I do believe connectivism has some merits as a component of existing learning theories. To suggest that the network IS the learning is a bit of a stretch for me. I commonly use Google, listservs (Blackboard has a good one), knowledgebase databases, and many websites to search for knowledge I need in order to help someone else. It’s a regular part of my job. To ask some that I help in my daily work to do this on their own is a stretch. In other words, I think that learning with connectivism could highly depend upon the skill set of the learner interacting with the network and even the structure of the network itself. A person that is interacting with the network for the first time may spend extraneous cognitive processes on that learning as opposed to getting the information they need. If this is too cumbersome, then no learning will take place. In addition, someone wanting to build upon existing knowledge, essentially constructing new knowledge would be doing so in a relationship with the network, not necessarily the two being the same entities (ie, the network and the learning that takes place as a result of the network).

So, it is an emerging and very interesting theory. It recognizes that learners will still use networks to construct or further their existing knowledge, but also recognizes the common use of knowledge networks in today’s world. For me, it is very applicable because I tend to access multiple networks of knowledge and various communities of knowledge to get answers to things I absolutely have to know in order to do my job. Without the network, I would be essentially unable to perform my job duties in a productive manner. So, for me, the network is a means to an end and learning is a function of the end.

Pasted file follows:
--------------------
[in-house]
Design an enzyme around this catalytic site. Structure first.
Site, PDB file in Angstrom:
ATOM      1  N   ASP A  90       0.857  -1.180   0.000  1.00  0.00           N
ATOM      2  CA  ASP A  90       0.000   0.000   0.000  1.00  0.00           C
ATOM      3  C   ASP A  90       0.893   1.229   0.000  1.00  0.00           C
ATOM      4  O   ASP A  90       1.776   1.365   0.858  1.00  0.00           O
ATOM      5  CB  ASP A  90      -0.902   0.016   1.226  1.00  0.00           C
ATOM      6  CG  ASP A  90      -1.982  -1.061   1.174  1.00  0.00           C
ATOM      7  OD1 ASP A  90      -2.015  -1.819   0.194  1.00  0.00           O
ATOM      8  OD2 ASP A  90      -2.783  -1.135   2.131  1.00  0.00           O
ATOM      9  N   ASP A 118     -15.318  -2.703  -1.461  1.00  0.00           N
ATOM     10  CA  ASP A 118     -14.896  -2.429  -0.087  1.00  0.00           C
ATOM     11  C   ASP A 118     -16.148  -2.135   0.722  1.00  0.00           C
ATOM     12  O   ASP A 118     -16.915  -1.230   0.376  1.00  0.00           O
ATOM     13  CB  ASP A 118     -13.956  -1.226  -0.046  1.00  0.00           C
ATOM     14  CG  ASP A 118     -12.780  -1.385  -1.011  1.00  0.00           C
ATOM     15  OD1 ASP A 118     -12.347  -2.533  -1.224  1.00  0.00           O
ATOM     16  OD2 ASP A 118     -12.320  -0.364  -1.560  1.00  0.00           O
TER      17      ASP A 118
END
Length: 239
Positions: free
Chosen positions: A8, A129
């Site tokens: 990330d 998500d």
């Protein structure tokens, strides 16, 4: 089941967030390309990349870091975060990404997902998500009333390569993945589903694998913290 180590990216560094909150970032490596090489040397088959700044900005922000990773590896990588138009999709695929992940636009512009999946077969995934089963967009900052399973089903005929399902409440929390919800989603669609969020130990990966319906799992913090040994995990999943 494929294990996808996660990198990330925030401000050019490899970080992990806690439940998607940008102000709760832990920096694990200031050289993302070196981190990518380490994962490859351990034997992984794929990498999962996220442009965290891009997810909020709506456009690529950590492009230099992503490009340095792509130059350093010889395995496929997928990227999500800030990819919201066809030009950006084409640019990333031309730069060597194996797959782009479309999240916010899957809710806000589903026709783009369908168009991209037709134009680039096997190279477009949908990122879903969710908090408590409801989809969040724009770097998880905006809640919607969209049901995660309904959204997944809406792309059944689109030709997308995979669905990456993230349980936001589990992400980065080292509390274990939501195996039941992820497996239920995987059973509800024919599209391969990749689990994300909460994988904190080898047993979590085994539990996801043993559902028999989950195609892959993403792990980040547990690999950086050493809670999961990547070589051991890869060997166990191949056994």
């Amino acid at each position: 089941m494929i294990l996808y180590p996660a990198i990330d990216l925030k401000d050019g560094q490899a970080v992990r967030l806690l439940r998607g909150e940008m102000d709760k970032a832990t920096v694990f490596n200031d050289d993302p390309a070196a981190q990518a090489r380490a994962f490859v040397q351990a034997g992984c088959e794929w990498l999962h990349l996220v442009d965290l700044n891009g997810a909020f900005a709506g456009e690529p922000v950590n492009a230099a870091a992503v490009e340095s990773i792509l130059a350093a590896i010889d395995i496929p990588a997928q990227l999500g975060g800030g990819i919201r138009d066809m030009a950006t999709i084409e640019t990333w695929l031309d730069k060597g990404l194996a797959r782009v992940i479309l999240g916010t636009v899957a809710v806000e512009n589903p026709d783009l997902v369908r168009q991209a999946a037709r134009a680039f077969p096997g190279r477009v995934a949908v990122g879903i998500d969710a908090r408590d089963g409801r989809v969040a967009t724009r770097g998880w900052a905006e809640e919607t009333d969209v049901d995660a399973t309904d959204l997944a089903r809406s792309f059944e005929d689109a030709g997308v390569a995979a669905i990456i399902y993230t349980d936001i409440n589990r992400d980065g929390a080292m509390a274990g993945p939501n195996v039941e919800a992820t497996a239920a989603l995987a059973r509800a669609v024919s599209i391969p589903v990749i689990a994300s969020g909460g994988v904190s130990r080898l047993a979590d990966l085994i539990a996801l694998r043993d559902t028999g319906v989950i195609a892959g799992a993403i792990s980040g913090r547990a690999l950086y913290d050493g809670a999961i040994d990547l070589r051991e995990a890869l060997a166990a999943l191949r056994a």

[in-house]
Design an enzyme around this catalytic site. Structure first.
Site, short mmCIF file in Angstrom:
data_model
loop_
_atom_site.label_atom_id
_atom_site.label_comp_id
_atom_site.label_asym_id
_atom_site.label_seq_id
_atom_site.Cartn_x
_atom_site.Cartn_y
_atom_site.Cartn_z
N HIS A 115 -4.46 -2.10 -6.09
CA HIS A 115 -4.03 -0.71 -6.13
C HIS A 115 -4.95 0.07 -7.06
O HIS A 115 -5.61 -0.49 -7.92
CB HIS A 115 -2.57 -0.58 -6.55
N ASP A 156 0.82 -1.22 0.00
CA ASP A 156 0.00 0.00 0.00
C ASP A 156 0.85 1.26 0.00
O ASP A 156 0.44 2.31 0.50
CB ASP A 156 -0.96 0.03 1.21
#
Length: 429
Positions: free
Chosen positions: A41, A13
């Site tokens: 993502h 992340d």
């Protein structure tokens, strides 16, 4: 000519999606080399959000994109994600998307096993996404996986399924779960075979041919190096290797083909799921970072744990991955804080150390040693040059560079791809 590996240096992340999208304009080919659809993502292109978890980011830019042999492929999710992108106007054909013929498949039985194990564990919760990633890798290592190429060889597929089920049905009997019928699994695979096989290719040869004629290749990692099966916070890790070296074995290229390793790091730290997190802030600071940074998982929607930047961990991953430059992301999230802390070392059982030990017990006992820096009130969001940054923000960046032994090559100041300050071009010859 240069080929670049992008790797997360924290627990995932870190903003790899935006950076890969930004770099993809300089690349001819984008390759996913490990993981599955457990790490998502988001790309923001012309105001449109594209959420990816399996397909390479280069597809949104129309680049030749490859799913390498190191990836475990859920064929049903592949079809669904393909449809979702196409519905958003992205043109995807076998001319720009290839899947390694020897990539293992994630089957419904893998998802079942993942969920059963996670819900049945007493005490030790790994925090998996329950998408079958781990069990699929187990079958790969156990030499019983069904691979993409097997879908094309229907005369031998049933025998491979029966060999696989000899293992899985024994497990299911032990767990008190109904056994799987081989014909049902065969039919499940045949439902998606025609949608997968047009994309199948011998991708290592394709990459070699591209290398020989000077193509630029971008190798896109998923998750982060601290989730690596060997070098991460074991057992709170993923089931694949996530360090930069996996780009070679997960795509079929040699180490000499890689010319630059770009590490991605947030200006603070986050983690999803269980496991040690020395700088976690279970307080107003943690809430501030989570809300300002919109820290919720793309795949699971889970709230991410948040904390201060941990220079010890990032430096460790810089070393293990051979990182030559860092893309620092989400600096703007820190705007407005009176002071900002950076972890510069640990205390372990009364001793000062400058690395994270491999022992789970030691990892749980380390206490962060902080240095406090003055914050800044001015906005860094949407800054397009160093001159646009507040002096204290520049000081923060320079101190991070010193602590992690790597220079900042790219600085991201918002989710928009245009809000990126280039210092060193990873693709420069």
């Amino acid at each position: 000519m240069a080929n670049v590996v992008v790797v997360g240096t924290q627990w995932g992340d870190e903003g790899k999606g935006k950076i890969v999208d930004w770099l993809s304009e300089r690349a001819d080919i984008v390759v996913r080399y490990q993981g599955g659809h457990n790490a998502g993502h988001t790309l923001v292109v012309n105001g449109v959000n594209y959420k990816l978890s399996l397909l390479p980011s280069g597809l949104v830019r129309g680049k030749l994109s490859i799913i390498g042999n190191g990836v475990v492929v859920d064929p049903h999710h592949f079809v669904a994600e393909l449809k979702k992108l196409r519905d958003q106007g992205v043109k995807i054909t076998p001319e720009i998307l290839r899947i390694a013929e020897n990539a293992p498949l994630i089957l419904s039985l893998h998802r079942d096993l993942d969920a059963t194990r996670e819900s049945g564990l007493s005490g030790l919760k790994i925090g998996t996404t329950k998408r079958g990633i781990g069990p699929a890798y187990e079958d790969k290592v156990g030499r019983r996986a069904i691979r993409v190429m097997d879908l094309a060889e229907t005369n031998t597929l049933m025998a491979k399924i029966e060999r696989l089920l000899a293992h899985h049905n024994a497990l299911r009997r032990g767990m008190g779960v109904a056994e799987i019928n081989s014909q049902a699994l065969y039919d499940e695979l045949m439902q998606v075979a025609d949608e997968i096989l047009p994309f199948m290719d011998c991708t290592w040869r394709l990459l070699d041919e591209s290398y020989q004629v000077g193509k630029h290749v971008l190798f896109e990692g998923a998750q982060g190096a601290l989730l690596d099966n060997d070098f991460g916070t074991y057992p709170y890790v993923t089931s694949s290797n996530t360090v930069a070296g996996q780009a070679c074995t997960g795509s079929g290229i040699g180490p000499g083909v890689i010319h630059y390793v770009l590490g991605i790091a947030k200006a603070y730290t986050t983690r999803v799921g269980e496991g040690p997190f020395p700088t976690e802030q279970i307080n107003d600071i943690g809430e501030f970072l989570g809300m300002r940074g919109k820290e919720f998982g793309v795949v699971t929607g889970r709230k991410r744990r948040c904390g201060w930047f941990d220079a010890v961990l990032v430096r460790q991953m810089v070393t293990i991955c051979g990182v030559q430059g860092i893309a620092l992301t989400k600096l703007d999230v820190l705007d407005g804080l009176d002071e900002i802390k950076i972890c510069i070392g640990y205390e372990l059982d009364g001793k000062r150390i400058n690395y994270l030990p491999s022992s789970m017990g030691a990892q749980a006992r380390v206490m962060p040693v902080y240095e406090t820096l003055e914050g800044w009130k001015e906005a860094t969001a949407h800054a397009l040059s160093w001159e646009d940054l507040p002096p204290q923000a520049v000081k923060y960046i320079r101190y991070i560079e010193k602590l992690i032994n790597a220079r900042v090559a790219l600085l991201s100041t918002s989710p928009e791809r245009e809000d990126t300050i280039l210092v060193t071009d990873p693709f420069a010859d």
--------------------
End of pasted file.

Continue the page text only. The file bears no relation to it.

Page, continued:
Kop, R., & Hill, A. (2008). Connectivism: Learning theory of the future or vestige of the past?. The International Review Of Research In Open And Distance Learning, 9(3). Retrieved November 2, 2010, from…w/523/1137


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